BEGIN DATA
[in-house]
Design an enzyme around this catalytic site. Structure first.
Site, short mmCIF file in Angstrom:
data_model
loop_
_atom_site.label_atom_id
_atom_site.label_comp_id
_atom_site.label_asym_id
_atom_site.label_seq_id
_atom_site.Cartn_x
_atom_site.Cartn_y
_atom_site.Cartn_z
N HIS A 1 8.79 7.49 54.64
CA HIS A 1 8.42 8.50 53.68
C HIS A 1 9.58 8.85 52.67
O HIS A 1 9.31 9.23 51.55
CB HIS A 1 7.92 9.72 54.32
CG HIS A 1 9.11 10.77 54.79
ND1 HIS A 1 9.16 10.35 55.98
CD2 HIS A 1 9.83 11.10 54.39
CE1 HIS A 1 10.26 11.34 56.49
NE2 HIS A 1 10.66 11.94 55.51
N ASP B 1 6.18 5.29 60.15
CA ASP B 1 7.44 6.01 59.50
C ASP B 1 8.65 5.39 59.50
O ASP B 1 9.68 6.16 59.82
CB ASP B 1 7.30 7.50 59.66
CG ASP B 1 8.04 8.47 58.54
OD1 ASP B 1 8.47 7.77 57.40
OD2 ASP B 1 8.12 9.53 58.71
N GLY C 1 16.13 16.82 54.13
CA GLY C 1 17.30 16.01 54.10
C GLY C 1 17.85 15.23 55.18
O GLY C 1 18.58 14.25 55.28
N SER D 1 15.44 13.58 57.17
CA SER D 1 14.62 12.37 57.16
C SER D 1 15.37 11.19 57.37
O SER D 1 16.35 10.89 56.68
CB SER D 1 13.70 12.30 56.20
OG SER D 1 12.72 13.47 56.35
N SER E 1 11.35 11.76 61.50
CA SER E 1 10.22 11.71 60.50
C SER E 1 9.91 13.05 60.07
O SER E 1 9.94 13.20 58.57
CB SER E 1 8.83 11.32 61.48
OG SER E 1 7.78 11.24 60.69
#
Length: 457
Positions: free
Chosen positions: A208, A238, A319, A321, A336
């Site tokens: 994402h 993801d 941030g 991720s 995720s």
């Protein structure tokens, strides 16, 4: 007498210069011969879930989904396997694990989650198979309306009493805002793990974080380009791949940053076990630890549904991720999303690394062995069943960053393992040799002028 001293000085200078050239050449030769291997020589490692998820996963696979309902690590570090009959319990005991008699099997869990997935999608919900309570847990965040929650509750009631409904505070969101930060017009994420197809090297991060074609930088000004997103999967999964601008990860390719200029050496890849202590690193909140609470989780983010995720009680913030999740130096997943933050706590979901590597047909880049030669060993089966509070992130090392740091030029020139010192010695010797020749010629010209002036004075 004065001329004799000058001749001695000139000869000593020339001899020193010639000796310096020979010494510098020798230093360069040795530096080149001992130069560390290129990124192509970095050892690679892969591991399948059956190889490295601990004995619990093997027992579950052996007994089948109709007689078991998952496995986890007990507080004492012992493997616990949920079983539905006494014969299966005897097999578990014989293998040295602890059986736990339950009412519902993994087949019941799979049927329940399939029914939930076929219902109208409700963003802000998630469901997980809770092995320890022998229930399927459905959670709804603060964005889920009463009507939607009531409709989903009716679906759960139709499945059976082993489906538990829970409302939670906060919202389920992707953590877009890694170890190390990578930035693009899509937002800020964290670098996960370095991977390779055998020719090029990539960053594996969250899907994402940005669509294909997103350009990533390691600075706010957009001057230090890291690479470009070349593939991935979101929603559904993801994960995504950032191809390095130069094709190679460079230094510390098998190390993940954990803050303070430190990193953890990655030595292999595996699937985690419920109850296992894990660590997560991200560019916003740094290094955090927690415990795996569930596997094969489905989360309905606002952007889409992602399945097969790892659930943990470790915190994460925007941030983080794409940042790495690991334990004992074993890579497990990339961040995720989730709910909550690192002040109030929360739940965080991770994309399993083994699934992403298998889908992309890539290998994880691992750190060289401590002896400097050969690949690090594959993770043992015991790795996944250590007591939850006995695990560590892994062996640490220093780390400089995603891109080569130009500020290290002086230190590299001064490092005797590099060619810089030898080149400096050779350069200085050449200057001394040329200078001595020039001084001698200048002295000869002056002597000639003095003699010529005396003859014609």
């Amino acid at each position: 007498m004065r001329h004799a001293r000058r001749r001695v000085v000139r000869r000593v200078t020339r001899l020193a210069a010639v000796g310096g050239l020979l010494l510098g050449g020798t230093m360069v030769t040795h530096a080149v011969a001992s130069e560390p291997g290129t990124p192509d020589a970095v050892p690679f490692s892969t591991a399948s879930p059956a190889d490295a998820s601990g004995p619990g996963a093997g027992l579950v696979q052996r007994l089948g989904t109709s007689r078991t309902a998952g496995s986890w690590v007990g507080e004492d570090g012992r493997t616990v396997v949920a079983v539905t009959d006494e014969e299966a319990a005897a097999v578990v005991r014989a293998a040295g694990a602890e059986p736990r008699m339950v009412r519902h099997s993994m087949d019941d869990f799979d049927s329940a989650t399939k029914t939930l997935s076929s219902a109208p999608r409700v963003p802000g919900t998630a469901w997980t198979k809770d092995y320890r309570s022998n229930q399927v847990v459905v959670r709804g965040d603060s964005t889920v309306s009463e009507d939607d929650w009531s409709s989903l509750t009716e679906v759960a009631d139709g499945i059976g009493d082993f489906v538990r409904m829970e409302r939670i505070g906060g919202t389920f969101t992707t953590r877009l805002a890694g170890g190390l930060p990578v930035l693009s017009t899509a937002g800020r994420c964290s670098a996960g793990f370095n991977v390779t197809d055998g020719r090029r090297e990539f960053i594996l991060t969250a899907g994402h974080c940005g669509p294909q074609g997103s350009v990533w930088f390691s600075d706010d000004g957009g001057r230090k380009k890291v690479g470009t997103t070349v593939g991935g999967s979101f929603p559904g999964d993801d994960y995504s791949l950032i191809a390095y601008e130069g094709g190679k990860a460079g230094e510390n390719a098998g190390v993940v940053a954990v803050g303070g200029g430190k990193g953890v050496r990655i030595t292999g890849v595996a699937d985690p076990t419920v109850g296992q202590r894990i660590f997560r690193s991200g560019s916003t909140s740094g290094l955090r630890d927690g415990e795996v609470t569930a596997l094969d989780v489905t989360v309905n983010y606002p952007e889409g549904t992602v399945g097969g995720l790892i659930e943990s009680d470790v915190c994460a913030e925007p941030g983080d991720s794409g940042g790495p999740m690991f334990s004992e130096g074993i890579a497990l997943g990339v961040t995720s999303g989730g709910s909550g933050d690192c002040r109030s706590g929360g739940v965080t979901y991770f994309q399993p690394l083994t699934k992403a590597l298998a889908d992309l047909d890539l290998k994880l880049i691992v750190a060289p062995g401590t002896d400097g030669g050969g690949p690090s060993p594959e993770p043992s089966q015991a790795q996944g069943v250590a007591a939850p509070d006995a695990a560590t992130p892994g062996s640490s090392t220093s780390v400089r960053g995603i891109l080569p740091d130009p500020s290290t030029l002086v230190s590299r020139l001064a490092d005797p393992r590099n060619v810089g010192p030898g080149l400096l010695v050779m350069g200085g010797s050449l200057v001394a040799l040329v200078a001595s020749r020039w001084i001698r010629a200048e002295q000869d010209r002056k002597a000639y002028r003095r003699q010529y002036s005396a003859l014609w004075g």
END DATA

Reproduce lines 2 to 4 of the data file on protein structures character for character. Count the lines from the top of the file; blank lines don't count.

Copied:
Design an enzyme around this catalytic site. Structure first.
Site, short mmCIF file in Angstrom:
data_model